U.S. consumers will pay $69.68 for their favorite Independence Day cookout foods, including cheeseburgers, pork chops, chicken breasts, homemade potato salad, strawberries and ice cream, based on a new American Farm Bureau Federation marketbasket survey.
The average cost of a summer cookout for 10 people is $69.68 or less than $7 per person. The overall cost is up 17% or about $10 from last year, a result of ongoing supply chain disruptions, inflation and the war in Ukraine.
Farmers are feeling the price-point pain too, like the people they grow food for, according to AFBF Chief Economist Roger Cryan.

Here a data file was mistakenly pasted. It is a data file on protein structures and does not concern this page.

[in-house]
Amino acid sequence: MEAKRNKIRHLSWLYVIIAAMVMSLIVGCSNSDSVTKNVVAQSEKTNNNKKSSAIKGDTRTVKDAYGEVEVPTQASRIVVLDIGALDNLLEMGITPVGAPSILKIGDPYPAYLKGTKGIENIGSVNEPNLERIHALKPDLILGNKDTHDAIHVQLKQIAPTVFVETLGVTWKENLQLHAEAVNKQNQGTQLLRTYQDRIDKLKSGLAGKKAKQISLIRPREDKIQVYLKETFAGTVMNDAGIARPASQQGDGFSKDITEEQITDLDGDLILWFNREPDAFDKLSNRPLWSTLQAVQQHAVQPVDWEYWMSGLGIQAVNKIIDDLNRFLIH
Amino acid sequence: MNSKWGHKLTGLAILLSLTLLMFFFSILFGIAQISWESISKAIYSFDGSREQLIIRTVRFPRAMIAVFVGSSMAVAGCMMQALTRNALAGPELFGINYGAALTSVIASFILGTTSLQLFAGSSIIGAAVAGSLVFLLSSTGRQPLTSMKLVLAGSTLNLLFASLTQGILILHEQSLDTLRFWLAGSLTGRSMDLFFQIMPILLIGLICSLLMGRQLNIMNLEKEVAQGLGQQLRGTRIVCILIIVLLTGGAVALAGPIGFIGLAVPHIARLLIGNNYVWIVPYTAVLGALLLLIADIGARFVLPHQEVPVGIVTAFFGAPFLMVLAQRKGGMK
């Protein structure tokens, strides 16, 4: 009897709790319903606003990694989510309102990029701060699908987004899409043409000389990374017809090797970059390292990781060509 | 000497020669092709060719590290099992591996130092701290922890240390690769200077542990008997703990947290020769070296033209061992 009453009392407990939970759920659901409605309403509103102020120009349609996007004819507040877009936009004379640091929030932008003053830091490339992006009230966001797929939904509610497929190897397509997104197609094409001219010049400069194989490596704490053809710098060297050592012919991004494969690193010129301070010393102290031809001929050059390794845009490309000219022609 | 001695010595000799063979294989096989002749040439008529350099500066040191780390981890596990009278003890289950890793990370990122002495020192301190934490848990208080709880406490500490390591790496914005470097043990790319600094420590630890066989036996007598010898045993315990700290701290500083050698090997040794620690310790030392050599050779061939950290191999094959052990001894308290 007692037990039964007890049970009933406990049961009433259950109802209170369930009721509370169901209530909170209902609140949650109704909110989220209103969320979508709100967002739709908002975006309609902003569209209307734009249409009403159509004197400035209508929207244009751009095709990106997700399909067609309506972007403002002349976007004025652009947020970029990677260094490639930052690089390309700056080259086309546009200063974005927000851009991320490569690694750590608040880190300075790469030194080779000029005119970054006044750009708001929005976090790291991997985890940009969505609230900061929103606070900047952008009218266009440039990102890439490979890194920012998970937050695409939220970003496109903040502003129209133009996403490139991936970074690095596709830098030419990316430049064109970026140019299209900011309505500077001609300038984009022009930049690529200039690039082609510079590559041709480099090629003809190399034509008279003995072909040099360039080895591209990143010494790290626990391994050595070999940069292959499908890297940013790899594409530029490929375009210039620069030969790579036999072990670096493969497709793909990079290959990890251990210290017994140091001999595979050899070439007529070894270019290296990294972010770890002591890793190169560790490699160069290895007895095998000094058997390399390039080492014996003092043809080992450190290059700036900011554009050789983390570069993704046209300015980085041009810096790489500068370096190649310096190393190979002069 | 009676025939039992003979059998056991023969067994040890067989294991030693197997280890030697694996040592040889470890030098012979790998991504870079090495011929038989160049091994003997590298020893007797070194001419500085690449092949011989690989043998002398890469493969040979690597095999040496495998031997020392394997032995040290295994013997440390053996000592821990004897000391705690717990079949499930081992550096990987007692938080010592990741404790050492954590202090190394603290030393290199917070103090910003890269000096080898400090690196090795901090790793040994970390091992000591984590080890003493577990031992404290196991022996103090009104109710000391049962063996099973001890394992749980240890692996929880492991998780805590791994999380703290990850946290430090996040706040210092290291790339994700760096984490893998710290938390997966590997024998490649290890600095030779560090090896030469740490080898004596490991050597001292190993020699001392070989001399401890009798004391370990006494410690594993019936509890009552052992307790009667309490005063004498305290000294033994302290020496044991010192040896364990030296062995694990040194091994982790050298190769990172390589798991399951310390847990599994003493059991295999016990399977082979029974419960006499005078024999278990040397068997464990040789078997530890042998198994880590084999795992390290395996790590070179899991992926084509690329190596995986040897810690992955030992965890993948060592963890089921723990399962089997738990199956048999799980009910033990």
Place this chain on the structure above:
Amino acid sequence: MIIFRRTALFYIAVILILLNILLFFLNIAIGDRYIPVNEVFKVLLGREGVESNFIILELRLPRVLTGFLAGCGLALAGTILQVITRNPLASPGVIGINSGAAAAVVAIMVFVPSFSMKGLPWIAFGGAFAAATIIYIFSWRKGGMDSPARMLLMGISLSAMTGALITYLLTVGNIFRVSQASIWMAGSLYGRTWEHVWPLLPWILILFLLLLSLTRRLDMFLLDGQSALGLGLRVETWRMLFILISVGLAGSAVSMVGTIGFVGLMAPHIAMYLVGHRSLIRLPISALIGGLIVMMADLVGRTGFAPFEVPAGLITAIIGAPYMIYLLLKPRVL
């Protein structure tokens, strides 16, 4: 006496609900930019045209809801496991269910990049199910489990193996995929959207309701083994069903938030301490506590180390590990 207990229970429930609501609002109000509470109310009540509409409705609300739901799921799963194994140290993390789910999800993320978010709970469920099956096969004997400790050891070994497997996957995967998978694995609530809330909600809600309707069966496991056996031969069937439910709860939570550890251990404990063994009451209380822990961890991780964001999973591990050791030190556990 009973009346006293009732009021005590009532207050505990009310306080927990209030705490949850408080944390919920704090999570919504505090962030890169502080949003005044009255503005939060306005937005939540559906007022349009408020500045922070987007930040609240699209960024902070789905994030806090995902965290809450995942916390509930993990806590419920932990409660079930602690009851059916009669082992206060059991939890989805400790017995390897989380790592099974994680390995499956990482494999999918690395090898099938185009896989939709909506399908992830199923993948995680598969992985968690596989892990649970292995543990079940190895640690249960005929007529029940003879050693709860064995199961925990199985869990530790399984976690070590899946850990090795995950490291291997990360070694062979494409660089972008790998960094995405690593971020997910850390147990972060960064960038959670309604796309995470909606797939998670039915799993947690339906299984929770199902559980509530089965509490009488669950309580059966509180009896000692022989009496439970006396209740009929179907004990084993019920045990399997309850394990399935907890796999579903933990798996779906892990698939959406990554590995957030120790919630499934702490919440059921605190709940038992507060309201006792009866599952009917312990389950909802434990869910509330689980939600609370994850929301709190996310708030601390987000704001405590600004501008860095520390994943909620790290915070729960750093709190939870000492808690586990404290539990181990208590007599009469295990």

"Despite higher food prices, the supply chain disruptions and inflation have made farm supplies more expensive; like consumers, farmers are price-takers not price-makers," Cryan said. "Bottom line, in many cases the higher prices farmers are being paid aren't covering the increase in their farm expenses. The cost of fuel is up and fertilizer prices have tripled."
The largest year-to-year price increase was for ground beef, at $11.12 for 2 pounds, up 36%. Meanwhile, the Agriculture Department's Producer Price Index indicates that compared to a year ago, farm-level cattle prices are up 17.5%, but wholesale beef prices are down 14%. This serves to highlight the differences between farm-level, wholesale and retail beef prices and how the events of the last few years have had significant impacts on the beef production and cattle pricing cycles, making them all hard to predict.